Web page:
On July 17, one of the girls again saw White and said he was waving at her. Two days later the original pair of girls saw him once again at the park, again masturbating, but this time one of them was able to take his picture with a cell phone.
Police identified White as a person of interest, and when they stopped by his home – which he shared with his mother – the court heard she admitted the photo looked a lot like her son.
The three girls involved were shown a police lineup, but only one was able to pick White out. He was finally arrested Sept. 9, 2012, but released on bail the following day under a no-contact order with anyone under the age of 16.
Less than two years later, the Crown says another woman told police her daughter had been sexually assaulted by a friend, named Jason.
The allegations from that incident involved five and 10-year-old girls, who along with their mother, White, and others, had gone snowmobiling on March 16, 2014.
Just after midnight on March 17, the mother went to a store and left White alone with the two children.
According to the Crown, the children began putting facial cream on each other, but when the elder child returned from the bathroom, it’s alleged White was seen laying on the couch with an erection and attempting to entice the five-year-old to touch his penis, telling her it was OK.
The 10-year-old told her mother when she returned, who is said to have chased White out of the house with a knife.
Crown Counsel David Grabavac says these events show an escalation in sexual offences, and something that deserves serious denunciation and deterrence.
None of these submissions were disputed by White’s defence counsel Michael Newcombe, who instead told the court of his clients learning difficulties, which began as early as the first grade.
White is said to have severe intellectual disabilities, and a report from his high school in Grade 8 pointed out his learning level as that of a student in grades 2 or 3, and that he may have mild mental retardation. A recent psychological report also pegged him as a moderate to high risk of re-offending.
Newcombe agreed that controls must be put in place for his client, but argued that jail would not assist him, saying White has suffered from anxiety and panic attacks since his incarceration.
When offered the chance to speak, White told the court he is taking full responsibility for his actions and still has trouble coping with what he’s done. He then broke down in the prisoner’s box, with a sheriff having to bring him a box of Kleenex.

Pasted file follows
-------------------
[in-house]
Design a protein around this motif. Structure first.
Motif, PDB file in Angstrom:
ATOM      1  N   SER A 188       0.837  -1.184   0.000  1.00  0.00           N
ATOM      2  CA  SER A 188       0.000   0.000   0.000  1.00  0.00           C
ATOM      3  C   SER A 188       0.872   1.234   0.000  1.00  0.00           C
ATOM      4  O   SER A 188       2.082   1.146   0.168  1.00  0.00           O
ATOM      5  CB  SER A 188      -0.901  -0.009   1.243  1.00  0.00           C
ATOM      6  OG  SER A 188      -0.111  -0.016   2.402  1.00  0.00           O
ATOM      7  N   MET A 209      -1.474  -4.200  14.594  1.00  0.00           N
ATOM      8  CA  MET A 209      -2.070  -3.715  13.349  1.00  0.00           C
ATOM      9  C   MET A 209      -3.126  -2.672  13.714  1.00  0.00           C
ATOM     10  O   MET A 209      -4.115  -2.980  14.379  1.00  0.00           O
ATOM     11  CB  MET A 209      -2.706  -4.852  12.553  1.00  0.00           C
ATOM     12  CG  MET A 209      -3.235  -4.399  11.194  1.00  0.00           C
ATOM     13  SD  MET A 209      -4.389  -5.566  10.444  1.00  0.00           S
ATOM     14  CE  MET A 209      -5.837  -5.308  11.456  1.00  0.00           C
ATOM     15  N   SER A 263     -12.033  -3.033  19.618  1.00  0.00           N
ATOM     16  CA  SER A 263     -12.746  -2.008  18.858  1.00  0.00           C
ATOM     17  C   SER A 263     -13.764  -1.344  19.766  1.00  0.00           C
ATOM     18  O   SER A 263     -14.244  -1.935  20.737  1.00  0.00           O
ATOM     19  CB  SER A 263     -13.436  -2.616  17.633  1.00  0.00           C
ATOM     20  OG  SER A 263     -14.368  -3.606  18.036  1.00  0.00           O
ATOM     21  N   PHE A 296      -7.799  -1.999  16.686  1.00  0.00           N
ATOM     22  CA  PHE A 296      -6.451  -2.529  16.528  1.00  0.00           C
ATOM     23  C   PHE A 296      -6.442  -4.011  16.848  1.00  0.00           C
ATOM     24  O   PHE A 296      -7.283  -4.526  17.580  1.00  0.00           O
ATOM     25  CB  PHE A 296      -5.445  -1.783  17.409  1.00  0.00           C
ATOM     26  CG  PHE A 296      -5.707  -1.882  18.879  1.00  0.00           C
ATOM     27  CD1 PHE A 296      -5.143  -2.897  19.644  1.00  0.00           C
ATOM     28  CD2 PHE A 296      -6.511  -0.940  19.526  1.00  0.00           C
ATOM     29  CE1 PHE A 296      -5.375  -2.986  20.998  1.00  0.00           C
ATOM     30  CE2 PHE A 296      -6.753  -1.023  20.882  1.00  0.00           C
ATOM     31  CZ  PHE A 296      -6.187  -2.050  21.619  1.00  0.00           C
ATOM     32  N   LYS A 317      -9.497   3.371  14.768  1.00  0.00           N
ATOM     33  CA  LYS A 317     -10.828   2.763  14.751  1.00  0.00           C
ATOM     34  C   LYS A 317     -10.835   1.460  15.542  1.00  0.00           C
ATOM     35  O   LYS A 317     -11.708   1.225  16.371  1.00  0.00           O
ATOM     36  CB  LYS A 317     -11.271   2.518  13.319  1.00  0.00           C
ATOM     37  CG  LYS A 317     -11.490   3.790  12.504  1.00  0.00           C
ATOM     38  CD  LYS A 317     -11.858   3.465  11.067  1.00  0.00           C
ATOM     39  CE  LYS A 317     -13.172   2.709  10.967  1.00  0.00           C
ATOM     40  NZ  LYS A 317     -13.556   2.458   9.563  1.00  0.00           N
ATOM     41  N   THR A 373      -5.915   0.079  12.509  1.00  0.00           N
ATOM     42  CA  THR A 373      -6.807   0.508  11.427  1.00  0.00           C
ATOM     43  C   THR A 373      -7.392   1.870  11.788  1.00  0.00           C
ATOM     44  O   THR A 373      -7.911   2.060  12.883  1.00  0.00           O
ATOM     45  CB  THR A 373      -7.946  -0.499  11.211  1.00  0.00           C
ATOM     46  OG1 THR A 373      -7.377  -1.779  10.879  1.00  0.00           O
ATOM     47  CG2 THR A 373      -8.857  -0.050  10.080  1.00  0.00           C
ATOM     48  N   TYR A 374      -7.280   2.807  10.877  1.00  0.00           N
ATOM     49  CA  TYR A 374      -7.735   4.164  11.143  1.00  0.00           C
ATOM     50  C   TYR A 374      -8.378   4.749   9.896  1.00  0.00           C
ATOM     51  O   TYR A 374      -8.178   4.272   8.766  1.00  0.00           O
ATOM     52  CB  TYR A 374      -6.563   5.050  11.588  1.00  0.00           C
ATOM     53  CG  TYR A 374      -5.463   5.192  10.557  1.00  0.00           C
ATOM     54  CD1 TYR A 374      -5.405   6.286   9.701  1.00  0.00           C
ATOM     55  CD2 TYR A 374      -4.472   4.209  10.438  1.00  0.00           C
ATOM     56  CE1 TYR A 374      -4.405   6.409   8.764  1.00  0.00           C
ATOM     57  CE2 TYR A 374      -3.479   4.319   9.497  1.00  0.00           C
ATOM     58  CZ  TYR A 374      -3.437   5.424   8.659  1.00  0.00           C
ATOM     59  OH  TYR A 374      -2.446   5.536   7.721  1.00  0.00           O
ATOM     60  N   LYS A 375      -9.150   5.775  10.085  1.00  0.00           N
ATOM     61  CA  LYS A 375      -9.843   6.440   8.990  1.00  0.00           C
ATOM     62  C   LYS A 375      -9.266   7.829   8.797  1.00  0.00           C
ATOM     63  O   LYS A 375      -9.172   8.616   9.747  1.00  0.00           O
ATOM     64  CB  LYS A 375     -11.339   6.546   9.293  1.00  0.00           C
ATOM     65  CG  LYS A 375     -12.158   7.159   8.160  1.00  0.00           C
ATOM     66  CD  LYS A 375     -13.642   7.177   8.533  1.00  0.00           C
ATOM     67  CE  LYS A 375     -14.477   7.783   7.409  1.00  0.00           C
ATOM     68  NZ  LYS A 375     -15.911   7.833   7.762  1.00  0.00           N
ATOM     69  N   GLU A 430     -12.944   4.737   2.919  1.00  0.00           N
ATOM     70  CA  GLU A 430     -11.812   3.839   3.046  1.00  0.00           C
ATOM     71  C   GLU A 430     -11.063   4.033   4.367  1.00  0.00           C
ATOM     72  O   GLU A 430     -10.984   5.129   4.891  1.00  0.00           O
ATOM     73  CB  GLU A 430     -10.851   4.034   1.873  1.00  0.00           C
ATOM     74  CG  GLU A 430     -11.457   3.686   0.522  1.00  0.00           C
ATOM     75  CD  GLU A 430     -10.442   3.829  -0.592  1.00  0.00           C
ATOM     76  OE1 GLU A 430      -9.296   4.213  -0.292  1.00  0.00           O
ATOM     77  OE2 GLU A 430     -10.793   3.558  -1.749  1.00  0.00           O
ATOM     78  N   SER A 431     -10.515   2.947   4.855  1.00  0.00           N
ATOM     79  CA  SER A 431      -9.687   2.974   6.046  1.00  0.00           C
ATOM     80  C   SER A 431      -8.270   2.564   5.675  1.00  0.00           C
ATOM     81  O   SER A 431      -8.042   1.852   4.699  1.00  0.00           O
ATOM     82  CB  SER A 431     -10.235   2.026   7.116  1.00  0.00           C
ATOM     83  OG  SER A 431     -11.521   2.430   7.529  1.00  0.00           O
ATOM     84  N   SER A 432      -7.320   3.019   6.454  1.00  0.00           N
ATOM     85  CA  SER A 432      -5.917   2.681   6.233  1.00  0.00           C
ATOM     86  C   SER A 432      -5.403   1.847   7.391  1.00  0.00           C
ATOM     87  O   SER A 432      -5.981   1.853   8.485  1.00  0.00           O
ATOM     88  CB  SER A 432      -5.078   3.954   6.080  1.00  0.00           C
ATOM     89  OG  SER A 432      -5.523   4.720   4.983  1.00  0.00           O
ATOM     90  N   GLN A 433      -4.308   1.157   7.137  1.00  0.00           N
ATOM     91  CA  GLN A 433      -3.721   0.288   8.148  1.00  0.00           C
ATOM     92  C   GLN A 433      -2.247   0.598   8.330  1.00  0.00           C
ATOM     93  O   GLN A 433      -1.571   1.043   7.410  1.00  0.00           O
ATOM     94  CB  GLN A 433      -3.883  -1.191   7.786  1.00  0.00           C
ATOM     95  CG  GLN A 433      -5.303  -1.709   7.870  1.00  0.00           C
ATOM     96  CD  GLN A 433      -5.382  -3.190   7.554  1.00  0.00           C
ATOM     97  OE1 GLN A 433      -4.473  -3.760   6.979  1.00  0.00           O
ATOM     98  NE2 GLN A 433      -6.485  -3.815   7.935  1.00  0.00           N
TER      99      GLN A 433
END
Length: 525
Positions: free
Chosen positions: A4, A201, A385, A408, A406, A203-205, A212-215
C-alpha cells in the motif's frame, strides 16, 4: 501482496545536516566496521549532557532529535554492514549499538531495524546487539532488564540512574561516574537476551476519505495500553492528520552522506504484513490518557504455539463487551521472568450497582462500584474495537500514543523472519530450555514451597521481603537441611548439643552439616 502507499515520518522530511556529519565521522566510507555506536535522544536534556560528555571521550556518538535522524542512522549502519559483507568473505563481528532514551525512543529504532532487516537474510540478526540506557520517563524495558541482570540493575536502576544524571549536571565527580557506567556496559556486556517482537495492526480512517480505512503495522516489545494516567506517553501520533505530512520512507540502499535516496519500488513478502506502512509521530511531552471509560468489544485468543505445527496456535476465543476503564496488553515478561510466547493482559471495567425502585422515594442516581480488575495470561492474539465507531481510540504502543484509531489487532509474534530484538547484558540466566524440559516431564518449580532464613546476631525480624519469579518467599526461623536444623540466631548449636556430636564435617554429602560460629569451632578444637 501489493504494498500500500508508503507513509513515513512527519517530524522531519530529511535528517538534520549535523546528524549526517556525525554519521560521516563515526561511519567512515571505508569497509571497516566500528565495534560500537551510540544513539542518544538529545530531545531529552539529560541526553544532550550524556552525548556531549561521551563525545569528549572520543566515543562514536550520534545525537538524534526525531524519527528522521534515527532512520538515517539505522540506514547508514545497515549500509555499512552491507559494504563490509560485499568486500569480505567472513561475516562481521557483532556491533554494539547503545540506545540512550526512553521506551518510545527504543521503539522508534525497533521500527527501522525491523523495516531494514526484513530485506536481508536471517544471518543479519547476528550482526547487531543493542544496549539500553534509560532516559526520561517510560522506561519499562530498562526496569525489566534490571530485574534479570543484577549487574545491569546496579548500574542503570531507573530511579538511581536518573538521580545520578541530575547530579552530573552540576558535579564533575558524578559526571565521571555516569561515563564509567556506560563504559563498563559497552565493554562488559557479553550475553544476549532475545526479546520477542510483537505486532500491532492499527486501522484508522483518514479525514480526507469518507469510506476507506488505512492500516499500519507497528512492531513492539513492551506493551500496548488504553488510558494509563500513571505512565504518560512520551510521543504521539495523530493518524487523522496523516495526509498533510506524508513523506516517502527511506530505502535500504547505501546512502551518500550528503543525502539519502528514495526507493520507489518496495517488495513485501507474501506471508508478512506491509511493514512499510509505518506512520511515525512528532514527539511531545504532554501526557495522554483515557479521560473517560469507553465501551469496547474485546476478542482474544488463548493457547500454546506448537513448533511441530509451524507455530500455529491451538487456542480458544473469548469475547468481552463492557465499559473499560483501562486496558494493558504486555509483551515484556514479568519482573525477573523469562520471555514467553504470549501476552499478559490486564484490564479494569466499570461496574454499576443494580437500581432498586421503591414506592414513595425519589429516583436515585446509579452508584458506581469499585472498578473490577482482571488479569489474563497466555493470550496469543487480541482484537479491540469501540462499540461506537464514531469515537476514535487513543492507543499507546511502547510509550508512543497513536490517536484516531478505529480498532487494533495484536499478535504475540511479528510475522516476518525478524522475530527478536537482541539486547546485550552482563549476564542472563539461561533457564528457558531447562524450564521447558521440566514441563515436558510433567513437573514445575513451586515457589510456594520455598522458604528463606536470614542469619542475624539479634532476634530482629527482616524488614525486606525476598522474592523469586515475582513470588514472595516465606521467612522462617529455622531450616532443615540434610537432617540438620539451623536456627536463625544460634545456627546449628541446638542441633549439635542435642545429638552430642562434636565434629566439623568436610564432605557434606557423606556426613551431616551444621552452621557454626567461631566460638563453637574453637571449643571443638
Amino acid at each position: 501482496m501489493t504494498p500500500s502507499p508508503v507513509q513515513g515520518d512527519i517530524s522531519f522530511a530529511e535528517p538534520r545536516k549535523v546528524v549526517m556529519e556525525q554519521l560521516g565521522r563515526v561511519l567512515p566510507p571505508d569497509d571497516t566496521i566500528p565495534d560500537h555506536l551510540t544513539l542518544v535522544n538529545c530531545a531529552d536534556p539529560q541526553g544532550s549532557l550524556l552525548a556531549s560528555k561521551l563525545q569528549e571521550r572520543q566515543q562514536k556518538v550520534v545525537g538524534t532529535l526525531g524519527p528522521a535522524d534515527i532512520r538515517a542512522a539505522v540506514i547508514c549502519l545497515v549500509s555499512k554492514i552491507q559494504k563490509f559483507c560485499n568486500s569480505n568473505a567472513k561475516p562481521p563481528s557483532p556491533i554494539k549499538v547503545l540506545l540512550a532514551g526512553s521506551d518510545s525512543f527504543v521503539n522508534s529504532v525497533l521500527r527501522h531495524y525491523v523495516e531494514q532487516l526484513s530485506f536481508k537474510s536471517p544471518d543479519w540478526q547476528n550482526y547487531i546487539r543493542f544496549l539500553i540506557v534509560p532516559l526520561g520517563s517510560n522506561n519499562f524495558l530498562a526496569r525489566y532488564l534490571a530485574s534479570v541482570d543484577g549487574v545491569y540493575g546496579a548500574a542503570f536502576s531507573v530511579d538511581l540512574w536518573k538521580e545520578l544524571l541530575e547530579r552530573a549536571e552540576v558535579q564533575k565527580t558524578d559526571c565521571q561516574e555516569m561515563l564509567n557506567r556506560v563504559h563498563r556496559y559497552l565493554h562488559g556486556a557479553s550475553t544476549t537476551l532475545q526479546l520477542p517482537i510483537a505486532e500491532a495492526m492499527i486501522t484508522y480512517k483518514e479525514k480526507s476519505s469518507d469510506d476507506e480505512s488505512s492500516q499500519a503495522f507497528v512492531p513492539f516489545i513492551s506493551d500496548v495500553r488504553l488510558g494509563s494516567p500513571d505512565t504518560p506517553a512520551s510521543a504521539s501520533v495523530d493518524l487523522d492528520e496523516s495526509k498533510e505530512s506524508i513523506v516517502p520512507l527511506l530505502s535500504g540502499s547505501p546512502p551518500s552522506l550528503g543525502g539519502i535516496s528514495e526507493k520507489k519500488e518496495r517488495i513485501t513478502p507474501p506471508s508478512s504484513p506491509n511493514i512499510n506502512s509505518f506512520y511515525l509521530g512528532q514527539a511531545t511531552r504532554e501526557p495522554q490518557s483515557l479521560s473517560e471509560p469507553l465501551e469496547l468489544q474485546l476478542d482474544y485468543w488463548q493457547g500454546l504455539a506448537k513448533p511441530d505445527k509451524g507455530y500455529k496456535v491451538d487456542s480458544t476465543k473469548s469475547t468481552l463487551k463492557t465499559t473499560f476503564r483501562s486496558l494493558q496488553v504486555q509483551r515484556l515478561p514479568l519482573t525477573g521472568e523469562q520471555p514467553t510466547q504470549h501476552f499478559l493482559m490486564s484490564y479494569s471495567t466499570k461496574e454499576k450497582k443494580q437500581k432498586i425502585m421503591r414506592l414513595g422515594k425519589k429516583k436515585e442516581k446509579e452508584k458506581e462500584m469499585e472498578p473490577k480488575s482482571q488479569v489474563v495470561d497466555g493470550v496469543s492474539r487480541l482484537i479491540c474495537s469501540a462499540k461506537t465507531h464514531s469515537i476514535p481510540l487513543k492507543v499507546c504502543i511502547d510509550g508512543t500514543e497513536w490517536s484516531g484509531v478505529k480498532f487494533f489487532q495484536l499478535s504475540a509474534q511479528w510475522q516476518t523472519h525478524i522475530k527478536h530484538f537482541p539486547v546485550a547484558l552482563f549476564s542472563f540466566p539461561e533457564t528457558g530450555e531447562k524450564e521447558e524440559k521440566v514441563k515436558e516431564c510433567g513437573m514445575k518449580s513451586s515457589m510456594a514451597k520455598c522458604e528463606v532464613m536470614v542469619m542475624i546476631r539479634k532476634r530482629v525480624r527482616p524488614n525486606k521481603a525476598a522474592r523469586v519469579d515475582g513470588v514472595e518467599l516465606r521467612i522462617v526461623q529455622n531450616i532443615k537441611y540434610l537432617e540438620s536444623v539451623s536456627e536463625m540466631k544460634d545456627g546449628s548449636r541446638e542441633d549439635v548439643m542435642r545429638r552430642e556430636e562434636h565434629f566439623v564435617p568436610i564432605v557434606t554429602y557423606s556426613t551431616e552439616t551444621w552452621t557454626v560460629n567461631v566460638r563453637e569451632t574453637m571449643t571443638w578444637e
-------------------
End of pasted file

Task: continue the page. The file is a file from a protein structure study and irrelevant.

Justice Anne Wallace noted how difficult it is to sentence these types of crimes given the circumstances of White’s mental state, but weighed that against the balancing act of ensuring the sentence must be proportionate to the seriousness of the crime.
“These types of crimes really outrage the community,” she said, pointing out that White was on bail for sexual offences against children when the second incident occurred and also in a position of trust and authority.
White was given credit for time served since his arrest in March, but will still spend the next 14.5 months behind bars.
Upon his release, White will be registered as a sex offender and must serve three years of strict probation. He will also not be allowed in any public park or swimming area where there could be kids under the age of 16.
Police in Kelowna issued a public warning about White earlier this year, asking for any other possible victims to come forward.
Kelowna RCMP are warning the public to be on the lookout for a prolific offender with a history of fraud.
Despite 44 convictions between 2002 and 2012, RCMP say a recent investigation suggests he is still out plying his hard-luck scam.
The unidentified 40-year-old Kelowna man has 10 convictions for fraud and another 18 for false pretence offences over that 10-year-span.
According to Cst. Kris Clark, reports of the serial scammer are often eerily similar as he provides the victim with his name and then offers one of two different tales in order to misappropriate their money.
"The most common scam he uses is that his truck has broken down, has been towed, or has run out of gas and that he needs money to pay for a tow, for fuel, or to get his vehicle back," says Clark.
"The second story he uses, although a little less frequently, is that he is a new neighbour and has locked his keys in his residence and requires money for a locksmith."